Attacks on NATO convoys bound for Afghanistan intensify as Pakistan washes its hands; Drone strikes linked to Al Qaeda Europe plot; UAE banks cuts off another of Iran's lifelines; China and US militaries learning to just get along; and more
Top of the Agenda: Pakistan Tanker Attacks Continue
Dozens of tankers carrying fuel to Afghanistan for NATO troops were torched near Quetta in western Pakistan Wednesday, in the latest attack on supplies (BBC) since Pakistan closed one border crossing to Afghanistan a week ago. The Pakistani Taliban reportedly took responsibility for Wednesday's ambush at the open Chaman crossing. A spokesman said, "We will further intensify attacks with the intensification of US drone strikes on us." The Pakistani government distanced itself from the attacks (NYT), saying it was not the government's responsibility to provide security for the convoys. Disagreements over a joint Pakistan-NATO inquiry (Dawn) into the helicopter attacks that caused the closing of the border at Torkham appeared to be keeping it from reopening. Relations between the United States and Pakistan could be further strained by a new White House report concluding that Pakistan has not aggressively pursued al-Qaeda and Afghan Taliban militants in North Waziristan, according to the Wall Street Journal. The report also criticizes Pakistan's civilian leadership, saying massive floods and tensions between political parties have compounded problems facing Pakistani President Asif Ali Zardari and undermined his already shaky public support.
In the Jerusalem Post, Seth Frantzman says Pakistan's major problems--the massacre of minority Shiites and Ahmadis, ethnic violence, or secessionist movements--have nothing to do with the United States. All of them were "made in Pakistan," he says.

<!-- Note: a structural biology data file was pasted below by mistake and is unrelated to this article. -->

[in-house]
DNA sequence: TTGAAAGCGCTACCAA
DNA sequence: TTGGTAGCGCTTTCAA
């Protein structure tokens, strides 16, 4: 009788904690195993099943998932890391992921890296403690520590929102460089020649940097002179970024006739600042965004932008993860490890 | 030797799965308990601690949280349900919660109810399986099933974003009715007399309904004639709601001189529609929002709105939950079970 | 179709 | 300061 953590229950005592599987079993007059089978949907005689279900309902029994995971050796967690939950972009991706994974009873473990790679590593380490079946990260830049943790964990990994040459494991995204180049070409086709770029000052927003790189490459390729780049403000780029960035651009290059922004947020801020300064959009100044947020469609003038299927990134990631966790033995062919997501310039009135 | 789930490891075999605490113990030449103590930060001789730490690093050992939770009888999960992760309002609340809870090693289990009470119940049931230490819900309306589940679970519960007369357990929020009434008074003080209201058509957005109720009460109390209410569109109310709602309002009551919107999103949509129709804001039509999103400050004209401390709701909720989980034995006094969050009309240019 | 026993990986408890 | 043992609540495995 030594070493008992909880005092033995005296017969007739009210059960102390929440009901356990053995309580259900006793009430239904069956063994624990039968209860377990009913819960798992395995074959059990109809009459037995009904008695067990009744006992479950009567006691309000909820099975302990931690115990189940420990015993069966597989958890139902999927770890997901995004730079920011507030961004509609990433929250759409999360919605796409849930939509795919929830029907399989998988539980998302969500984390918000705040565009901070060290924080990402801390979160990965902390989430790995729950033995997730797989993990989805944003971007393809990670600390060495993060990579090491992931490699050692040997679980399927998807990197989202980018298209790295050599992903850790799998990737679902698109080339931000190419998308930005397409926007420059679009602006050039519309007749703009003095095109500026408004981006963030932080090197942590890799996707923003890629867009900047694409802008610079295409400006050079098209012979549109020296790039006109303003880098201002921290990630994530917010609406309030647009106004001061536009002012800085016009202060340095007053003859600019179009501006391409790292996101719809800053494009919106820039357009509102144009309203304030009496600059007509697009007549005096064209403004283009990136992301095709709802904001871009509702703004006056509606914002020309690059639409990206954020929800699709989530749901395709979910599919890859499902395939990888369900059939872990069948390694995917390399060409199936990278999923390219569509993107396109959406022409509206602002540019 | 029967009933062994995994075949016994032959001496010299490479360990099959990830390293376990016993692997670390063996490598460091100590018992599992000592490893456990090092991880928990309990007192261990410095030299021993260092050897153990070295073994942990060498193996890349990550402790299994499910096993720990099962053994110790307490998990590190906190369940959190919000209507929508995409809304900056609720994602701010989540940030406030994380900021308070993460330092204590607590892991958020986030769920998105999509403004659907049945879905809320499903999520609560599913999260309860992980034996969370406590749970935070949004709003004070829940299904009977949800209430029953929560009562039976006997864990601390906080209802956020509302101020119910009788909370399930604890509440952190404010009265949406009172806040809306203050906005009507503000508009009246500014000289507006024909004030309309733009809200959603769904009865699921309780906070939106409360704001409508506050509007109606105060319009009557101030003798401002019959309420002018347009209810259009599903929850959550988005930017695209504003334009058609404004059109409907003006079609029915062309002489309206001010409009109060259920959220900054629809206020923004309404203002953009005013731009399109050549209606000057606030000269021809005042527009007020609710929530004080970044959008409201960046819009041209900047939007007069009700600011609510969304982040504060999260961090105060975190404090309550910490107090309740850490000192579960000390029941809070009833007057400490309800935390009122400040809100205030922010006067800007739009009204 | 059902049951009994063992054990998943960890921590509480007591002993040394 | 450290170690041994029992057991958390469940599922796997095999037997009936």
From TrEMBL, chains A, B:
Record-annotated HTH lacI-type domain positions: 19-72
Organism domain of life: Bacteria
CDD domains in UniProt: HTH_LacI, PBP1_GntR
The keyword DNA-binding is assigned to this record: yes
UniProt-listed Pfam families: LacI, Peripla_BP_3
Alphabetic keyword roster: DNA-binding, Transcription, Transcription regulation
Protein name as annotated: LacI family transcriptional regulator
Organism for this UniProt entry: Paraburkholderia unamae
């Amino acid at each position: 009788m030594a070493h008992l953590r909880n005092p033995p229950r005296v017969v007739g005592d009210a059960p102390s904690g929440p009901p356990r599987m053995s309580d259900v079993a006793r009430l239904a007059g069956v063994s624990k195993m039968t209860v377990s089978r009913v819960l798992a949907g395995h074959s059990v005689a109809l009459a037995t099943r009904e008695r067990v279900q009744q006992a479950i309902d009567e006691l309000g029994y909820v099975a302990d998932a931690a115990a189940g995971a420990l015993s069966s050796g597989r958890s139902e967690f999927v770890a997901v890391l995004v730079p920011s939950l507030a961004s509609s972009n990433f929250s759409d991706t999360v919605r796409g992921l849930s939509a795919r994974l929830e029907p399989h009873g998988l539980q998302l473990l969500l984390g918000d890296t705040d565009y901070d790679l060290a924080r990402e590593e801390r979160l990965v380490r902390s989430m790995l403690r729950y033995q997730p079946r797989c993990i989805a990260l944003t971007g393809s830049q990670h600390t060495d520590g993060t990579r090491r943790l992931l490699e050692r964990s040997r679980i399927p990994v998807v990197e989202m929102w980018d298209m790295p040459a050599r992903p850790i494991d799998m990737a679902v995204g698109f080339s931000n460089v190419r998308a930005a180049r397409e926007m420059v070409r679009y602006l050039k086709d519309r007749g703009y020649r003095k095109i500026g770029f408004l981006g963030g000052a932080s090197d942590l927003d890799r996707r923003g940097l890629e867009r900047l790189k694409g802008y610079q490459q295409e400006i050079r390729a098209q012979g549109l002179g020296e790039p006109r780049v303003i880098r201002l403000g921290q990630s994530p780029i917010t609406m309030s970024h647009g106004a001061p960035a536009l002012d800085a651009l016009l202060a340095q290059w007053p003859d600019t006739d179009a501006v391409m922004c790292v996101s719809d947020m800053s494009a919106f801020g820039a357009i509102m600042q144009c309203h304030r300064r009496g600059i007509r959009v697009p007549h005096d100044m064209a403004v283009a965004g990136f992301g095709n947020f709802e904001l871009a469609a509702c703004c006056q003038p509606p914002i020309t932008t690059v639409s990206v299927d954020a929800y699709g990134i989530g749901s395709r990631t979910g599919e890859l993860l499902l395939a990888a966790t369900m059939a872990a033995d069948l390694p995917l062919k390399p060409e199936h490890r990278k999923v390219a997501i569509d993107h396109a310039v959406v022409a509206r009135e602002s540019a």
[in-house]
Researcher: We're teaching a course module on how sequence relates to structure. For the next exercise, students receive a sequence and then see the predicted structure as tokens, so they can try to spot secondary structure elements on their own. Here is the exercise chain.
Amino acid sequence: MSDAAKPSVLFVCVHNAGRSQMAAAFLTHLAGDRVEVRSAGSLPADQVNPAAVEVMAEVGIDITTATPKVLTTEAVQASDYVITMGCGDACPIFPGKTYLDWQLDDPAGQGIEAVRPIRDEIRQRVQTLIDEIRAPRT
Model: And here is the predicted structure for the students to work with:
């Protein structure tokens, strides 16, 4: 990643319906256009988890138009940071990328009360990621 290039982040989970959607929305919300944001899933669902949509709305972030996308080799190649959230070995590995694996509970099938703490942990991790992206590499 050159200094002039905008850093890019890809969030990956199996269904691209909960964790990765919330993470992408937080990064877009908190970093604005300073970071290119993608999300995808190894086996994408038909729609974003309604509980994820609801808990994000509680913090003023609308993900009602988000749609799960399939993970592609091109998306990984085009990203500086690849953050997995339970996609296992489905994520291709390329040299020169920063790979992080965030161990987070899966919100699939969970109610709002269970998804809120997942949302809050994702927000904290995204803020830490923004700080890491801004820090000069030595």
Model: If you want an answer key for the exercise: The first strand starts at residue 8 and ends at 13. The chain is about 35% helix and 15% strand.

In the National Interest, Anthony Cordesman says despite talk of drone strikes as "intense combat," the number of air strikes in Pakistan over the entire war is a fraction of the number per month in Afghanistan and Iraq, and "we have no alternative way to fight and all of the other options would be far worse even if they were available."
This Backgrounder examines Pakistan's new generation of terrorists.
PACIFIC RIM: Pentagon Signals Thaw in Chinese Military Relations
The Pentagon, signaling a thaw in its relationship with the Chinese military, announced that US Defense Secretary Robert will meet with a Chinese counterpart (WashPost) next week in Vietnam and will likely visit Beijing early next year. Ties between the two militaries were suspended in January, when China protested a $6.4 billion US-Taiwan arms deal.
China/Japan: The number of Chinese civilian boats operating in disputed territory and the clashes they have with foreign vessels, including warships, are on the rise (NYT), according to US and Asian officials.
New tensions in the South China Sea are a growing test to China's relations with the United States and China's Southeast Asian neighbors, writes CFR's Joshua Kurlantzick.
This is an excerpt of the CFR.org Daily News Brief. The full version is available on CFR.org